Women poets and men’s sentences
Genre and literary tradition in Katherine Philips’s early poetry
in Early modern women and the poem
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This chapter considers how Katherine Philips responded to traditional literary forms and ideas in the poems of the Tutin manuscript. It focuses on the two genres for which she was later to become best known: retirement and friendship poetry. Philips was more than willing to engage with the gendered challenges of literary tradition. In responding to men's sentences, she learnt to produce her own. In A Room of One's Own, Virginia Woolf meditated on the difficulties faced by women of earlier centuries in trying to imagine themselves into English literary tradition. The chapter examines the history of English-language women's poetry between the late sixteenth and mid-seventeenth centuries. The terms for modern scholarship on Philips's poetry of rural withdrawal were set by Maren-Sofie Rostvig in her classic study of seventeenth-century retirement literature, The Happy Man.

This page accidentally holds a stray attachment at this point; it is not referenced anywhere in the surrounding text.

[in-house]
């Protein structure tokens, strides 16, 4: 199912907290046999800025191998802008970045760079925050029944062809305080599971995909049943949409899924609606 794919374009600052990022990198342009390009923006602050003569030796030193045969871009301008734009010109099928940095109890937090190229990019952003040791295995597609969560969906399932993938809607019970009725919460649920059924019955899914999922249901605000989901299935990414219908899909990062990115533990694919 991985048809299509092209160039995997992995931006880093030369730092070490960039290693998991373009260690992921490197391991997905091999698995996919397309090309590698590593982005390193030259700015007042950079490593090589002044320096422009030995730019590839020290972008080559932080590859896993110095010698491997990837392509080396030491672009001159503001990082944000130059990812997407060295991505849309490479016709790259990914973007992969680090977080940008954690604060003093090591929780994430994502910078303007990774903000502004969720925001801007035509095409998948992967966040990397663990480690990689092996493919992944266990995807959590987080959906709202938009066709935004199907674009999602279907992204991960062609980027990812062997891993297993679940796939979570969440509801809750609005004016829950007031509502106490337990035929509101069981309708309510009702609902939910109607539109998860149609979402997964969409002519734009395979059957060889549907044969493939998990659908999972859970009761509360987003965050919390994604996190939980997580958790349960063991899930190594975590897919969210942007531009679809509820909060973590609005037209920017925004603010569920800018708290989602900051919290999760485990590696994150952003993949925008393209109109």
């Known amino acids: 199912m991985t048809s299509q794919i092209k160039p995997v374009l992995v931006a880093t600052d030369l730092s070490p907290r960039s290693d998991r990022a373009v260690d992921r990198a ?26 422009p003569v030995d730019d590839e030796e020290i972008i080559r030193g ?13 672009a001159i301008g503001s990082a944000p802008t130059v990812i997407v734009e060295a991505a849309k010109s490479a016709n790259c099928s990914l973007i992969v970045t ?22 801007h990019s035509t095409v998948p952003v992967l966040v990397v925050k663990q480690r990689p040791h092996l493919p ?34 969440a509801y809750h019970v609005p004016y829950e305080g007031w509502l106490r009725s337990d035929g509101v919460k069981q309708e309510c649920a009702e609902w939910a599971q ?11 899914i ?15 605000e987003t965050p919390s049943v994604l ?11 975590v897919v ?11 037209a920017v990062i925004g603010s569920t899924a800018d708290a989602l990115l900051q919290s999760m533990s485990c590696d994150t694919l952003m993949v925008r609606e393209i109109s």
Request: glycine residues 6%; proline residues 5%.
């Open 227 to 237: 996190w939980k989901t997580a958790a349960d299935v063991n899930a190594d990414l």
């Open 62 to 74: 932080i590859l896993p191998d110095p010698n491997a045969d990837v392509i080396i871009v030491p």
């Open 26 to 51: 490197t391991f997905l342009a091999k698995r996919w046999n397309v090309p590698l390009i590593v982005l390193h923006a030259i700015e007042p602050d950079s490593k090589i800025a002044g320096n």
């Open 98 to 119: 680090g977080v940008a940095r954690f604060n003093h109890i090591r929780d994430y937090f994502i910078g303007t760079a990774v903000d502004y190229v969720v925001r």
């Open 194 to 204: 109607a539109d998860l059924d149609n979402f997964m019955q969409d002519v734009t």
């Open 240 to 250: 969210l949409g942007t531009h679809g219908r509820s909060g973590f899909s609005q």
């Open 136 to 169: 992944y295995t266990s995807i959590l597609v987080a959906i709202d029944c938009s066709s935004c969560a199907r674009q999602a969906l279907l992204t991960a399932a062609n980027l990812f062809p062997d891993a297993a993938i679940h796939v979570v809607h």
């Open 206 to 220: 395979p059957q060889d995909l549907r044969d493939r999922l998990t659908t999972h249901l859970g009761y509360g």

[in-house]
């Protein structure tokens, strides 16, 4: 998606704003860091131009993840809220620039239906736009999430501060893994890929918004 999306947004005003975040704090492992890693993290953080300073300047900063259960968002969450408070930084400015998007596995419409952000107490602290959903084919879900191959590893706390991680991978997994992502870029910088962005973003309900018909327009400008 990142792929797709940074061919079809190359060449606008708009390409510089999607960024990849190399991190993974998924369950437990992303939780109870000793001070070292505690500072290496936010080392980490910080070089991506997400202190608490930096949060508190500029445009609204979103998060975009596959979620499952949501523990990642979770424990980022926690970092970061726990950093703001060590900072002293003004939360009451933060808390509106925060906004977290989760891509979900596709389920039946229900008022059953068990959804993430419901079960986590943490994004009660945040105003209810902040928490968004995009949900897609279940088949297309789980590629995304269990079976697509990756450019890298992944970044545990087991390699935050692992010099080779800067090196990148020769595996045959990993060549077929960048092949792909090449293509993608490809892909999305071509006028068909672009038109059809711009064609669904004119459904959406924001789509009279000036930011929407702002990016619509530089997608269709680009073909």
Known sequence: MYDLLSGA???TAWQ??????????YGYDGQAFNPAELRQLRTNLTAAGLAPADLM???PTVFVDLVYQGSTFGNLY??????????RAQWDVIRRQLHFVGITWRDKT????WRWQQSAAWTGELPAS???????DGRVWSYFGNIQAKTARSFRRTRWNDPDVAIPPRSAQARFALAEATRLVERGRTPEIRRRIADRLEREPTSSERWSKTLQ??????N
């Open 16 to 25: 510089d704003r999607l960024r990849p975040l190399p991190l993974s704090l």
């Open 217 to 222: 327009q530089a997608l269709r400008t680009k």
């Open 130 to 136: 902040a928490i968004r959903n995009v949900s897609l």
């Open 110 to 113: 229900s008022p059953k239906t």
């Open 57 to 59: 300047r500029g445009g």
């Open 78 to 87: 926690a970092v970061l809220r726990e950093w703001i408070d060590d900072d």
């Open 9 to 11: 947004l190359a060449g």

Editor: Susan Wiseman


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